The Medical Detection Dogs are able
to smell beyond just smelling any other
stress reaction; they can separate a
hypo from another more normal episode
of being stressed, like the owner being
stressed at work. The medical detection
dog's ability to accurately identify a hypo
has to be 90% in order to stay accredited.
But Magic's talents are not limited to
hypos, says Pesterfield: "Magic alerts me
to highs as well, he just tells me to test,
whereas some other dogs are specifically
trained to alert on highs. Testing is my part
of the deal. If he alerts me I'll test; that is
my commitment to the relationship. The
dog is only given to someone who will do
the necessary compliance. In a way, you
could say it's a way of keeping the dog
calibrated. I trust him more than all my
other diabetes kit."
Pesterfield now works one day a
week for the charity, working the selection
process matching dogs to people as
well as doing talks and fundraising. She
says, "One of the many factors involved
with living with diabetes is quality-of-life
and there's a sort of scale. Those in dire
trouble need the soonest fix. I also do a
lot of advising and a lot of research and
reading. The selection process is very
specialised from the start; usually around
80% of the dogs we start with end up
working as planned. The dogs are often
Labrador crosses. Magic is a Labrador
crossed with a Golden Retriever."
There's an assessment known as
PAID (Problem Areas In Diabetes), one
of which is that people with diabetes
can be prone to increased anxiety levels.
Hypo dogs are proven to reduce anxiety,
not just alerting to hypos, which is itself a
huge relief, but 'pet-related quality of life'
is widely accepted to show that people
with pets are happier and healthier as they
have companionship, and tend to have to
go for a walk twice a day to take the dog
out, benefitting overall health.
In a dog its sense of smell, it's olfactory system, is the main special sense and it is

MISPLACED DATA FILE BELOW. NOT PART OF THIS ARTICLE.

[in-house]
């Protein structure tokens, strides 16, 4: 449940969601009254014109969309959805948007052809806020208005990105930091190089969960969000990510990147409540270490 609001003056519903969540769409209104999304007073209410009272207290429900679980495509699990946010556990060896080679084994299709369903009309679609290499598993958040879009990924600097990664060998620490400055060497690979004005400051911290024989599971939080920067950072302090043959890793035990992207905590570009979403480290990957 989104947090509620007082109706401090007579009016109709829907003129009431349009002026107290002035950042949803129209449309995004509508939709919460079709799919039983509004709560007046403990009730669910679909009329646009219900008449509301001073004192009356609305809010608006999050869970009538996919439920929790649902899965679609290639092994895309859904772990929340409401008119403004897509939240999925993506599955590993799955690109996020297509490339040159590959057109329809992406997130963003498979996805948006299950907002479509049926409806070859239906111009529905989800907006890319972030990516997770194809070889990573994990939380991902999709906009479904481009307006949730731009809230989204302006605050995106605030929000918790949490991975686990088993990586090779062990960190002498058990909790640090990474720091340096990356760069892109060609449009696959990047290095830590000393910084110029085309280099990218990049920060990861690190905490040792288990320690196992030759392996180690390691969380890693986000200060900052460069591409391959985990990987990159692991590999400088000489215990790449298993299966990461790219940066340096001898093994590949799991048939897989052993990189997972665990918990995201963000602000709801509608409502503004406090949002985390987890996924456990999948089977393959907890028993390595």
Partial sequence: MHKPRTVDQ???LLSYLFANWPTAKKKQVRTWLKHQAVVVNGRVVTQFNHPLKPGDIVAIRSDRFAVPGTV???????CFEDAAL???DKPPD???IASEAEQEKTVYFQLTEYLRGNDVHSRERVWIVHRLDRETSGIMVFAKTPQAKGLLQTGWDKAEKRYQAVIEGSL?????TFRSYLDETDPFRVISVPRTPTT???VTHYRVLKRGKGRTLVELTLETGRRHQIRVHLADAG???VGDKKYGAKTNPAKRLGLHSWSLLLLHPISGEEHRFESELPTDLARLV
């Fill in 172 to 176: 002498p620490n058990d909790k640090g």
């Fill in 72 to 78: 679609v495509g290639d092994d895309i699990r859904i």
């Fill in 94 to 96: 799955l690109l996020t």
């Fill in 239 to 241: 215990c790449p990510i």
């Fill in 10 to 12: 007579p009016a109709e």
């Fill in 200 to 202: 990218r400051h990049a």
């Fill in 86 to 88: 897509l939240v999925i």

extremely sensitive and efficient. Possibly 30% of their brain is dedicated to analysing
odour. It is estimated that the percentage of a dog's brain devoted to analysing odours
is 40 times larger than that of a human. Dogs use sniffing to maximise the detection of
odours. Sniffing consists of a series of rapid inhalations and expirations, normally 3 to
10, but possibly up to 30, during which the normal breathing mechanism is disrupted.
Each nostril sniffs air from separate areas so that during sniffing there is a bilateral scent
intake. Long ears on dogs and wrinkles along the nose, such as in a Bloodhound, may
help entrap odours during sniffing. - Dr G Farrer-Brown
HOW A DOG'S NOSE KNOWS CV Dr Claire Guest, BSc. (Hons) MSc.
HonDSc. DHP BCAh.
1986: Bachelor of Science degree in
Psychology then an MSc in Psychology
by research. 1987: Worked with the
charity Hearing Dogs for Deaf People.
1992: Full member of the Association
of Pet Behaviour Counsellors. 2002:
Trained dogs in the detection of human
disease through scent. 2003: Training
for dogs to identify cancer by odour.
Findings published in the BMJ in
September 2004. 2007: Founded the
charity Medical Detection Dogs. 2011:
Awarded an Honorary Doctor of Science
for contribution to development of new
approaches for the detection of life
threatening diseases. 2014: Guest's dog
Daisy, who is trained to sniff out cancer,
was awarded the Blue Cross Medal for
her pioneering work in the field of cancer
detection. 2015: Awarded the British
Citizen Award for life-saving work in the
management of long-term illnesses and
the research into early cancer detection.
2015: Awarded a fellowship from the
Royal Society of Medicine. 2016: Won
the CBI National First Women award for
Science and Technology.